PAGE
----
What is Manuscript Evaluation?

Panorama of the Castillo de San Marcos, Jessica Hatch, 2016.

Panorama of the Castillo de San Marcos, Jessica Hatch, 2016.

The idiom “Can’t see the forest for the trees” is clichéd because it’s true.

Even the most talented, thoughtful writer can miss critical mistakes when it comes to a passion project. Objective editorial feedback – whether from a professional editor, a beta reader, or even a software program – can help catch and correct embarrassing mistakes before they’re disseminated, along with the manuscript, to a wider audience.

So, tell me more. What is Manuscript Evaluation?

Also known as developmental or structural editing, manuscript evaluation is when an editor presents top-level editorial concerns to an author. For a work of fiction, these concerns may include critiques of:

  • Plot structure

  • Character motivation and development

  • World building

  • Narrative pacing

This feedback addresses bigger problems that negatively impact the entire manuscript, but it can include critiques of small but critical content issues, too.

After reading through your manuscript at least once and making notes, the professional editor will draft a prescriptive letter. A successful editorial letter will do the following:

  1. Identify editorial concerns, pointing each out by using specific examples within the text;

  2. Explain why and how the concern affects the reader’s connection with the book;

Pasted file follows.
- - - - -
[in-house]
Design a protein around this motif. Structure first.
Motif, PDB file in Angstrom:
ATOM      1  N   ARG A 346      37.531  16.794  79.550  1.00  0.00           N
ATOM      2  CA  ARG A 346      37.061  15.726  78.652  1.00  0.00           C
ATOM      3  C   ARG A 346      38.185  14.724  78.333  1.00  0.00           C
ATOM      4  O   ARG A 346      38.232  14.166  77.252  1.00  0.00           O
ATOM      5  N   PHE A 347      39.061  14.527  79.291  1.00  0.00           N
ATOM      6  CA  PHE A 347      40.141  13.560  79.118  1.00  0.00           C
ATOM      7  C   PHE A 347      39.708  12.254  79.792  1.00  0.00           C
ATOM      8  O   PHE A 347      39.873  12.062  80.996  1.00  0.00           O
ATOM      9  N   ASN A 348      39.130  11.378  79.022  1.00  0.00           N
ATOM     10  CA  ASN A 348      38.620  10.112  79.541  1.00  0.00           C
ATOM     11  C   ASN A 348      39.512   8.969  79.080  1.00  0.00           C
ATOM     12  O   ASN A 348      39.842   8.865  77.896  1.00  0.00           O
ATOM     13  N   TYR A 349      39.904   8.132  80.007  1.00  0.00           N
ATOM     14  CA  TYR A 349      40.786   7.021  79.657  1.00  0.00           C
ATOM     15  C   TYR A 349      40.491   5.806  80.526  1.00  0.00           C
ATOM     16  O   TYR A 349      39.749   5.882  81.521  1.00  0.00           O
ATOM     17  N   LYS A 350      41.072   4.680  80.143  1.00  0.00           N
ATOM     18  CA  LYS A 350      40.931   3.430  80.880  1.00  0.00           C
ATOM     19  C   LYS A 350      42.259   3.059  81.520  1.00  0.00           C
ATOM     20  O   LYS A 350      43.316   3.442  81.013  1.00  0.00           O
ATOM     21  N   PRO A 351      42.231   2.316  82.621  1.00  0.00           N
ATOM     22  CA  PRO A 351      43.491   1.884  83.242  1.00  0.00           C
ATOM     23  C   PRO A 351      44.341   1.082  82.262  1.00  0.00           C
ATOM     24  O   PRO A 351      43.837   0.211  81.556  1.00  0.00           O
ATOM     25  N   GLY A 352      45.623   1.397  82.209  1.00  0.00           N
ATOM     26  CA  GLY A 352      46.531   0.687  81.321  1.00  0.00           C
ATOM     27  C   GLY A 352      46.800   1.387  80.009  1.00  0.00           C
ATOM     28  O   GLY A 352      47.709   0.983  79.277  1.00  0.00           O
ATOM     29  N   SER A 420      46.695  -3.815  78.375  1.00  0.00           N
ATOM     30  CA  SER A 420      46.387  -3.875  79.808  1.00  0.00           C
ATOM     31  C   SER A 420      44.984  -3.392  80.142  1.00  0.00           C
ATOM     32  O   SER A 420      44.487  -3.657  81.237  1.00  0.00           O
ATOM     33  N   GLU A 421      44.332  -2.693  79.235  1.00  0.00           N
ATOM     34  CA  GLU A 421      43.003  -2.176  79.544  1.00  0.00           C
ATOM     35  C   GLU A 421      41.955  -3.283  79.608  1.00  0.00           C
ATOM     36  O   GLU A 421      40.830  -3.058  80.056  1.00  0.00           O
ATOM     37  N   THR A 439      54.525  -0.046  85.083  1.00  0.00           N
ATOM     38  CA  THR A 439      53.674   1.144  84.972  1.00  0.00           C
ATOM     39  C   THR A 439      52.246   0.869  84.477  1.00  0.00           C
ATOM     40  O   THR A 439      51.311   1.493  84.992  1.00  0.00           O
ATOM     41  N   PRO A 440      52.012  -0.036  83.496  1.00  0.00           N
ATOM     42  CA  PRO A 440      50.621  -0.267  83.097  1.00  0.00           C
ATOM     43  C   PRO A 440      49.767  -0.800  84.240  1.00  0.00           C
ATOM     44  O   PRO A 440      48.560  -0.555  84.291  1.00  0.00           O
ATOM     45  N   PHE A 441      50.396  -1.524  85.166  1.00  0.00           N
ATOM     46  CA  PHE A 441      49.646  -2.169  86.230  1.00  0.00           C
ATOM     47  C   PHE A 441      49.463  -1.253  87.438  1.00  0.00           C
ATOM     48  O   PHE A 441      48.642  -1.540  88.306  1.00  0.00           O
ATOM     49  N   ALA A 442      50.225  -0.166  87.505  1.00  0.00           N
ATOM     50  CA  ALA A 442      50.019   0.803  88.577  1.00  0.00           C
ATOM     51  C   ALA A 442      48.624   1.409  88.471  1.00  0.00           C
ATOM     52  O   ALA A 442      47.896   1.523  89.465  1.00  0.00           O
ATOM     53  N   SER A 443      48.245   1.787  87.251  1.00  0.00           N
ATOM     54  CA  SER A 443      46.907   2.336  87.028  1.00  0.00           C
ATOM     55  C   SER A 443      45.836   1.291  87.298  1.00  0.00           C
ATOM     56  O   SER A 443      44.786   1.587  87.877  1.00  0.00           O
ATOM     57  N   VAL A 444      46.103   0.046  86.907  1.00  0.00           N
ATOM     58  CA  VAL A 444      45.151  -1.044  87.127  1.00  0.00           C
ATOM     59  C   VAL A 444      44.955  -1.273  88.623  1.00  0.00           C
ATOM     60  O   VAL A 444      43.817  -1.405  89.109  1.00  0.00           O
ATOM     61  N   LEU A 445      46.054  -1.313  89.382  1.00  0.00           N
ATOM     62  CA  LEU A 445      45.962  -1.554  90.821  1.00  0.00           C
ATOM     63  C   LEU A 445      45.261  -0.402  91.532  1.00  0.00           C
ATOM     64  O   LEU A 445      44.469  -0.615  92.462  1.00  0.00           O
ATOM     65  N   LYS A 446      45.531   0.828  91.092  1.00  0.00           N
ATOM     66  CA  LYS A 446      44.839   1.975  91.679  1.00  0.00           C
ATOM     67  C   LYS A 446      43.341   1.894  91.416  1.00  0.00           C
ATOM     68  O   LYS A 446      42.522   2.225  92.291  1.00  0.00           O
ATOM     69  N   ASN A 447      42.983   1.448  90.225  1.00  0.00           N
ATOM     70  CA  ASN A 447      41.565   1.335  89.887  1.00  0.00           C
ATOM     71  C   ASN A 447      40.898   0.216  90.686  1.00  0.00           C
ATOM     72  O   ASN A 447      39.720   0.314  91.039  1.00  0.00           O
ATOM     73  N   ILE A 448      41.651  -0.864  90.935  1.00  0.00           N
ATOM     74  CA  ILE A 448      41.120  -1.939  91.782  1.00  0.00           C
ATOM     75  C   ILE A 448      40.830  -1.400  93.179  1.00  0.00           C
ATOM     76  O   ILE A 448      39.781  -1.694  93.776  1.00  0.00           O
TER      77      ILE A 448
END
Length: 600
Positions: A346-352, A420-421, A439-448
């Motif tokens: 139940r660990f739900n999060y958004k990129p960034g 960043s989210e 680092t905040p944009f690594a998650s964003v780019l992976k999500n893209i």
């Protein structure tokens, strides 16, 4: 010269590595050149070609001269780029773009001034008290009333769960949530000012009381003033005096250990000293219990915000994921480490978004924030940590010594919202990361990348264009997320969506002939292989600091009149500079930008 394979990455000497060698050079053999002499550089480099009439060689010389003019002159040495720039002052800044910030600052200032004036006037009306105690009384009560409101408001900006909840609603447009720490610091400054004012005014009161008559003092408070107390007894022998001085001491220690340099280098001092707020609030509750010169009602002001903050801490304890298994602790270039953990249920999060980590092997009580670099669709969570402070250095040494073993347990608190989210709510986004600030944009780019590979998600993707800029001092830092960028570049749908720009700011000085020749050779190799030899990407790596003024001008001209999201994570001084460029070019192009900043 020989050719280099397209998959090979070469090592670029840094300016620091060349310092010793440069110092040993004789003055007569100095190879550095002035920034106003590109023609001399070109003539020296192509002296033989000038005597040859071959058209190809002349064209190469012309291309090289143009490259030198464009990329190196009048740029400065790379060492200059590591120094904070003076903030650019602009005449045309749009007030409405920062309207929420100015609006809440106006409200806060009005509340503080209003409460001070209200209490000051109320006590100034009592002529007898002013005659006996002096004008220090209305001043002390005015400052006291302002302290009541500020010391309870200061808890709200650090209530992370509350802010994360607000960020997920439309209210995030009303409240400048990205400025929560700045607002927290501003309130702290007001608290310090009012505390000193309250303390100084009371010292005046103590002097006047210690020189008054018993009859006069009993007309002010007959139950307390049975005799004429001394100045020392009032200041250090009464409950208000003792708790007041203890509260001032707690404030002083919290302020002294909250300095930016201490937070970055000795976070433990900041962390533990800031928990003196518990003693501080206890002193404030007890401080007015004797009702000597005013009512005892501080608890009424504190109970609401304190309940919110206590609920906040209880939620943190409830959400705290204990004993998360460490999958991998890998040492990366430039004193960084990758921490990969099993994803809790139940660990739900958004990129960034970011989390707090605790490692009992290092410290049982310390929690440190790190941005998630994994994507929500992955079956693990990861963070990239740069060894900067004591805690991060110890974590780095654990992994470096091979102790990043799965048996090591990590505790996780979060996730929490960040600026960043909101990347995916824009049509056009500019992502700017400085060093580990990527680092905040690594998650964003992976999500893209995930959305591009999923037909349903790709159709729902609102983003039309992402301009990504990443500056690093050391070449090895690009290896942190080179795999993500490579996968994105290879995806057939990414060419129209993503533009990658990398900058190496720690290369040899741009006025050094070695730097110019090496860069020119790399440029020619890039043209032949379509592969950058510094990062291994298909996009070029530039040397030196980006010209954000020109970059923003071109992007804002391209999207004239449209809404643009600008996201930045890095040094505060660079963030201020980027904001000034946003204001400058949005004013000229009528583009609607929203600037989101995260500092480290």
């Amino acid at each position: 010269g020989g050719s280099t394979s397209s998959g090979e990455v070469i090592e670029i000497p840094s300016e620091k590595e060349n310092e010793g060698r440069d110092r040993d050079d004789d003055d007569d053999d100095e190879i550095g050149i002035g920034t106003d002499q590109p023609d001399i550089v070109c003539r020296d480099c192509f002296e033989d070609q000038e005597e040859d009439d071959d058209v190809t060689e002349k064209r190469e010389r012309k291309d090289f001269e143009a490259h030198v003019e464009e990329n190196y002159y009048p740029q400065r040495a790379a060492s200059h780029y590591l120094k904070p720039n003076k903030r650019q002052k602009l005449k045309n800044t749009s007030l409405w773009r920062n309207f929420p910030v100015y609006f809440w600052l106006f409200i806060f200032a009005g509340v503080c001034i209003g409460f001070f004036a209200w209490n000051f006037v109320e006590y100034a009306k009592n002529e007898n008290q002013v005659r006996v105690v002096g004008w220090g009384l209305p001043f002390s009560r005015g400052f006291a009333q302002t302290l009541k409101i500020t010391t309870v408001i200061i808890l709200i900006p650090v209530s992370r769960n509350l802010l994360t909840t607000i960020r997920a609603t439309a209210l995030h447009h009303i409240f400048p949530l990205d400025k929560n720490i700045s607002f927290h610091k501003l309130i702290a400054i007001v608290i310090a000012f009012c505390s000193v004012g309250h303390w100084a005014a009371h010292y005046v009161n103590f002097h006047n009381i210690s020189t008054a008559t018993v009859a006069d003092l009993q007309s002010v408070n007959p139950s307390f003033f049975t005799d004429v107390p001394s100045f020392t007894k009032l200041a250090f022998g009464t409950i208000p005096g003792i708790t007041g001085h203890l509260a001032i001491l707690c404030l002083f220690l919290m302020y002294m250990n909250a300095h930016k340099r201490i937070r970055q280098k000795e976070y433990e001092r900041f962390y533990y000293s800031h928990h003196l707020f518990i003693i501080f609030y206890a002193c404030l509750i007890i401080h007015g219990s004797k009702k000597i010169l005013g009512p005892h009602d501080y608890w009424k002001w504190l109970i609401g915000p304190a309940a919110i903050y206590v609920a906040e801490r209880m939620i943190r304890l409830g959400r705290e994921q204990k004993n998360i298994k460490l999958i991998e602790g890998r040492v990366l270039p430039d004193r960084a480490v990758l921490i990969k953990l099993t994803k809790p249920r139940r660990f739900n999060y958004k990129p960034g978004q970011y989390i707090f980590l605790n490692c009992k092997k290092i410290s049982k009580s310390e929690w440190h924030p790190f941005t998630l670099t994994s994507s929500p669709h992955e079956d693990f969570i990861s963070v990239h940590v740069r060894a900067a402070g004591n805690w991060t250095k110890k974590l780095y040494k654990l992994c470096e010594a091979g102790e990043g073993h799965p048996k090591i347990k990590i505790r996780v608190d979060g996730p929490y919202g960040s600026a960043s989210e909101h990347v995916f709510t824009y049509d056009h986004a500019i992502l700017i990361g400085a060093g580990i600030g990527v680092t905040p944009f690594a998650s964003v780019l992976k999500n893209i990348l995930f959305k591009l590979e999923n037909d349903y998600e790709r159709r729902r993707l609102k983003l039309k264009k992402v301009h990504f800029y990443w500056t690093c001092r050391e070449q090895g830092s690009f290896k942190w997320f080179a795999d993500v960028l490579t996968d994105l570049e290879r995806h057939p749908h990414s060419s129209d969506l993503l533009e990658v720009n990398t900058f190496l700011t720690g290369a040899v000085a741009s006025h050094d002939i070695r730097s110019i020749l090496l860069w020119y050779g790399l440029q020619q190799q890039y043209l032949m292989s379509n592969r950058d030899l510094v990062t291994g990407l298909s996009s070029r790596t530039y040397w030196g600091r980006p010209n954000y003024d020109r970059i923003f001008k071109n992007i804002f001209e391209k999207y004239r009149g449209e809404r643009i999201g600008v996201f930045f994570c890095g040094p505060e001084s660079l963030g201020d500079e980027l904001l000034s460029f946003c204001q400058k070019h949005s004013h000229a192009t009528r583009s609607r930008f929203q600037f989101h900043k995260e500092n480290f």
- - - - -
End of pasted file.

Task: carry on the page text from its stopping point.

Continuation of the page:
3. Prescribe at least one potential solution to resolving the issue.

For example, this is an excerpt from an editorial letter I recently sent to a client:

Click image to enlarge.

How will Manuscript Evaluation Benefit My Book?

Whether you’re considering self-publishing or traditional publishing, manuscript evaluation is an ideal step in the revision process.

Traditional Publishing.
Essentially, you have an elevator pitch-worth of time to capture a literary agent's attention. If you’re querying with an unsolicited manuscript, you’re up against countless others in the same boat (or inbox, as it were).

That said, with a professional query letter and a polished manuscript, you can come out on top of the slush pile. An ideal way to get fighting fit is to work with a professional editor who has a strong sense of the market.

Much like an agent’s slush pile, the self-publishing market is saturated with content. To be a successful self-published author, you will need to bring a professional-grade product to market. This often means working with professional freelance editors, graphic designers, printers, and publicists – essentially putting together your own book publishing team to get accolades from reviewers and 5 stars on Amazon.  

Working with Hatch Editorial Services for a Manuscript Evaluation

Hiring Hatch Editorial Services means having a professional in your corner. My editorial critiques are founded in experience garnered at such literary agencies and publishers as Writers House and St. Martin’s Press, and in the classrooms of such authors as Ann Beattie, Diane Samuels, and Chelsea Hodson.

My manuscript evaluation projects last an average of 3-4 weeks, during which I will keep you updated with regular weekly memos. At the end of the project, you will receive my editorial feedback, your annotated manuscript, and an itemized invoice, so you can see where I put my time and effort to work for you. If you so choose, I’m happy to give you an hour of my time, free of charge, to discuss any and all remaining questions you may have.

Want to work with me on a manuscript evaluation? Get started here.